Firm leverage remained elevated at 5.39x for the TTM ended Sept. 30, 2016, which is well above Fitch's 'BBB' category quantitative benchmark for alternative IMs of 2.5x-4.0x. Fitch believes leverage is likely to increase further in 2017 as FEBITDA is pressured by the continued decline in the hedge fund business, , and higher fundraising costs as the firm gears up for the next fundraising cycle, and to a lesser extent, elevated expenses associated with product development in GMS. Fitch believes the firm's leverage will be maintained within the 'BBB' benchmark range over the longer term, but an ability develop a more consistent leverage profile, particularly at the lower end of the range, could support positive rating momentum over time.
Fitch believes Carlyle's liquidity profile is adequate, although weaker than peers, as the firm does not operate in a negative net debt position. Carlyle also has more demands on its cash than many peers given sizeable co-investment commitments to its funds (a large portion of which is expected to be funded by employees), and several non-recurring cash payments of late, including the potential $45 million of funding requirements for portfolio company, Urbplan Desenvolvimento Urbano S.A, as of June 30, 2016.
At Sept. 30, 2016, balance sheet cash and liquid investments amounted to $1.1 billion, although operating cash was lower, adjusting for amounts allocated to specific requirements. This compared to balance sheet debt of $1.28 billion at Sept. 30, 2016 and unfunded investment commitments of about $375 million at June 30, 2016 (assuming $2.6 billion of commitments are funded by employees). Additionally, based on a probability-weighted estimate by Carlyle, the firm expected to fund $153.2 million of cash consideration related to acquisitions as of 2Q16; approximately $76.3 million of which would be funded through the end of 2017. However, potential cash consideration has declined year-over-year given the underperformance, exit and/or sale of certain hedge funds.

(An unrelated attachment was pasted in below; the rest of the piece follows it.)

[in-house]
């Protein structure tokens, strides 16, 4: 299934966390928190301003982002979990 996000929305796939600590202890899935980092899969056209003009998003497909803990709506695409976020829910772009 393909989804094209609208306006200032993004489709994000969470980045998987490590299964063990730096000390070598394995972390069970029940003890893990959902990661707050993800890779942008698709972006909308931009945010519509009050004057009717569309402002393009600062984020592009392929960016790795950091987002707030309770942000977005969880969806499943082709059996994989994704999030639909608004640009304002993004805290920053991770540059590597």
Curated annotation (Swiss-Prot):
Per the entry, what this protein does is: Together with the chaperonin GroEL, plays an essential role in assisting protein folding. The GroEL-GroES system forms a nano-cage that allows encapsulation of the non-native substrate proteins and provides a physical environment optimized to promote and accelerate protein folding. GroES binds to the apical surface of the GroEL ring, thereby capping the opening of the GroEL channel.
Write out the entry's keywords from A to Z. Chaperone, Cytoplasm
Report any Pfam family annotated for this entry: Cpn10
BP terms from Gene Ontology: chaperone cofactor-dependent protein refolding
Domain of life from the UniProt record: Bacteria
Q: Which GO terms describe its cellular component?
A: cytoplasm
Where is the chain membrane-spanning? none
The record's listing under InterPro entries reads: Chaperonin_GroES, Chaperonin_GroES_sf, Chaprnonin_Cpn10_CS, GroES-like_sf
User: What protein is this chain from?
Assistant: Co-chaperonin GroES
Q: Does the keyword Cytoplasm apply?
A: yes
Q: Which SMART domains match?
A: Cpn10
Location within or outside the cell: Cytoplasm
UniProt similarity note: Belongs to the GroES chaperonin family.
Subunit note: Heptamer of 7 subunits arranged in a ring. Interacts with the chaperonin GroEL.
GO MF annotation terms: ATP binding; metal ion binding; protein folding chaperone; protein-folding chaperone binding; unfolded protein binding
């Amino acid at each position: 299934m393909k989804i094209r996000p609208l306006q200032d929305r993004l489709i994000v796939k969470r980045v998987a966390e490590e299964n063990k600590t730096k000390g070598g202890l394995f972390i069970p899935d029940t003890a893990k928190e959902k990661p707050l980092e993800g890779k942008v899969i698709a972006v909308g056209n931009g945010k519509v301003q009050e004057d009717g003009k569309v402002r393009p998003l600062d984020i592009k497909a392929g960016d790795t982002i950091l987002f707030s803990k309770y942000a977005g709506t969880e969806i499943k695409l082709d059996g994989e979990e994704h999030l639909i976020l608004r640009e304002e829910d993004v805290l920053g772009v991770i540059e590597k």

Carlyle's distribution target of approximately 75% of distributable earnings is at the low end of the peer group. Fitch believes the company has the flexibility to reduce distributions, if necessary, to bolster liquidity in any given quarter.
In February 2016, Carlyle's board authorized the repurchase of up to $200 million of units. In the first three quarters of 2016, Carlyle spent $54 million on share repurchases. Several peers have established repurchase programs over the past year given relative unit price underperformance. While Fitch recognizes the potential accretion provided by the program, we would view cash used for the reduction of debt more positively, given Carlyle's elevated leverage and relatively weaker liquidity position.
The Stable Outlook reflects Fitch's expectations that management will continue to generate relatively stable management fees on core products, grow/retain FAUM through the raising of new and expansion of existing funds, sustain operating margins, reduce leverage to the 'BBB' benchmark range over the medium term, and appropriately manage its liquidity profile to meet debt service requirements, and co-investment commitments to funds.
IDRs AND SENIOR DEBT
Declines in investment performance, a key-man event and/or legislative risk which negatively impact the company's ability to raise FAUM and generate fees, material declines in FEBITDA margins, failure to maintain leverage within Fitch's 'BBB' benchmark range longer term, and/or impairment of the liquidity profile could result in negative rating action.
Longer term, positive rating momentum could be driven by stronger cash earnings diversity, a sustained reduction in leverage to under 4.0x, and improvements in balance sheet liquidity which provide the firm with more operating flexibility as it relates to growth and expansion opportunities.
Carlyle is a leading global alternative IM specializing in private equity, real estate, energy, credit funds, and fund of funds. As of Sept. 30, 2016, FAUM amounted to $123.8 billion and total AUM was $169.1 billion. The company's stock is listed on the NASDAQ under the ticker 'CG'.
Fitch has taken the following rating actions:
The Carlyle Group L.P.
Carlyle Holdings I, II, and III L.P.
TC Group LLC
-- Long-Term IDR downgraded to 'BBB+' from 'A-'.
Carlyle Investment Management LLC
TC Group Investment Holdings LP
TC Group Cayman Investment Holdings LP
TC Group Cayman LP
Carlyle Holdings Finance L.L.C
Carlyle Holdings II Finance L.L.C
-- Long-Term IDR downgraded to 'BBB+' from 'A-'; and
-- Unsecured debt downgraded to 'BBB+' from 'A-'.
The Rating Outlook has been revised to Stable from Negative.
Additional information is available on www.fitchratings.com
Global Non-Bank Financial Institutions Rating Criteria (pub. 15 Jul 2016)